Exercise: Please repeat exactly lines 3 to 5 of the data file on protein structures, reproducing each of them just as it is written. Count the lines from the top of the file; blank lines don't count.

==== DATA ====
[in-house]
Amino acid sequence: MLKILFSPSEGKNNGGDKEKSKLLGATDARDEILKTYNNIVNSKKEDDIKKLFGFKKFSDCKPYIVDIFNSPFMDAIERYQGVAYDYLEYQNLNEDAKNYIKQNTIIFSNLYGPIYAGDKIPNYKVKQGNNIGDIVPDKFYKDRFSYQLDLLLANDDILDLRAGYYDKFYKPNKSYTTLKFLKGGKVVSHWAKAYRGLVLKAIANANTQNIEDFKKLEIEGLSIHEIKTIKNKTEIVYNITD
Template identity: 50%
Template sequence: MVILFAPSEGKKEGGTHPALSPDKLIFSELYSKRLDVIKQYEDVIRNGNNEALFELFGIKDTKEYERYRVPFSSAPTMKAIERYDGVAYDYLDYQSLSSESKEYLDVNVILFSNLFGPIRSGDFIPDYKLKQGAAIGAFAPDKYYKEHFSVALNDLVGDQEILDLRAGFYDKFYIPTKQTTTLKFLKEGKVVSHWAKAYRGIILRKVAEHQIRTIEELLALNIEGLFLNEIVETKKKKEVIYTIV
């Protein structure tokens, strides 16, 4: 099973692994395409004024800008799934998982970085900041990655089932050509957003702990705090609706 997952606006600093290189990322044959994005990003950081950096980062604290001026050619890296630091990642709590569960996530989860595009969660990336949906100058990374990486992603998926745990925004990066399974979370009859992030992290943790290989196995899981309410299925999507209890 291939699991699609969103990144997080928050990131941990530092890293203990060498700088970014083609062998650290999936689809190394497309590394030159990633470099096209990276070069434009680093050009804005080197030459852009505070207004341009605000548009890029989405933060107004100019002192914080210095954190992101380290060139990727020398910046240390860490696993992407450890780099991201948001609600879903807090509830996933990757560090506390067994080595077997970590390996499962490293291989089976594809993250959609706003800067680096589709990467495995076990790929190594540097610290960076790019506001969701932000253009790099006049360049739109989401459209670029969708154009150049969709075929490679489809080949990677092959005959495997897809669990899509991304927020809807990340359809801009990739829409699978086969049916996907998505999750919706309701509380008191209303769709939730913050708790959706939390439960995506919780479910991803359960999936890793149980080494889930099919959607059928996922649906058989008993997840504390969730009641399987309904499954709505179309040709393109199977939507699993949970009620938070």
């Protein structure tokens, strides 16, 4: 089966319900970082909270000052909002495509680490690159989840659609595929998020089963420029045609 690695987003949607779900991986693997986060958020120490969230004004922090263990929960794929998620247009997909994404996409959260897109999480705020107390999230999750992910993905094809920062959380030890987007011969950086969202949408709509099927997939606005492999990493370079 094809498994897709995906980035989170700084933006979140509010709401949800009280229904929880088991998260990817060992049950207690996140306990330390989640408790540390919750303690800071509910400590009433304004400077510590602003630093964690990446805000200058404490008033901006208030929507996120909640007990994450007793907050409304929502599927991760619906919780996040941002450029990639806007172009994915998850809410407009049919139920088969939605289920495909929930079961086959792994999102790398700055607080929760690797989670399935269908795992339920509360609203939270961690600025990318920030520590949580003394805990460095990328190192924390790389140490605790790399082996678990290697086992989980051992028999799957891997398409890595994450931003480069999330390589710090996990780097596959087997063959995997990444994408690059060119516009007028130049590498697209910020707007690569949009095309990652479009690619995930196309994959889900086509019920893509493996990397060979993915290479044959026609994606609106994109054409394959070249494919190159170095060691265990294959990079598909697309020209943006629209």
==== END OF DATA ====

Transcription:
Template identity: 50%
Template sequence: MVILFAPSEGKKEGGTHPALSPDKLIFSELYSKRLDVIKQYEDVIRNGNNEALFELFGIKDTKEYERYRVPFSSAPTMKAIERYDGVAYDYLDYQSLSSESKEYLDVNVILFSNLFGPIRSGDFIPDYKLKQGAAIGAFAPDKYYKEHFSVALNDLVGDQEILDLRAGFYDKFYIPTKQTTTLKFLKEGKVVSHWAKAYRGIILRKVAEHQIRTIEELLALNIEGLFLNEIVETKKKKEVIYTIV
């Protein structure tokens, strides 16, 4: 099973692994395409004024800008799934998982970085900041990655089932050509957003702990705090609706 997952606006600093290189990322044959994005990003950081950096980062604290001026050619890296630091990642709590569960996530989860595009969660990336949906100058990374990486992603998926745990925004990066399974979370009859992030992290943790290989196995899981309410299925999507209890 291939699991699609969103990144997080928050990131941990530092890293203990060498700088970014083609062998650290999936689809190394497309590394030159990633470099096209990276070069434009680093050009804005080197030459852009505070207004341009605000548009890029989405933060107004100019002192914080210095954190992101380290060139990727020398910046240390860490696993992407450890780099991201948001609600879903807090509830996933990757560090506390067994080595077997970590390996499962490293291989089976594809993250959609706003800067680096589709990467495995076990790929190594540097610290960076790019506001969701932000253009790099006049360049739109989401459209670029969708154009150049969709075929490679489809080949990677092959005959495997897809669990899509991304927020809807990340359809801009990739829409699978086969049916996907998505999750919706309701509380008191209303769709939730913050708790959706939390439960995506919780479910991803359960999936890793149980080494889930099919959607059928996922649906058989008993997840504390969730009641399987309904499954709505179309040709393109199977939507699993949970009620938070």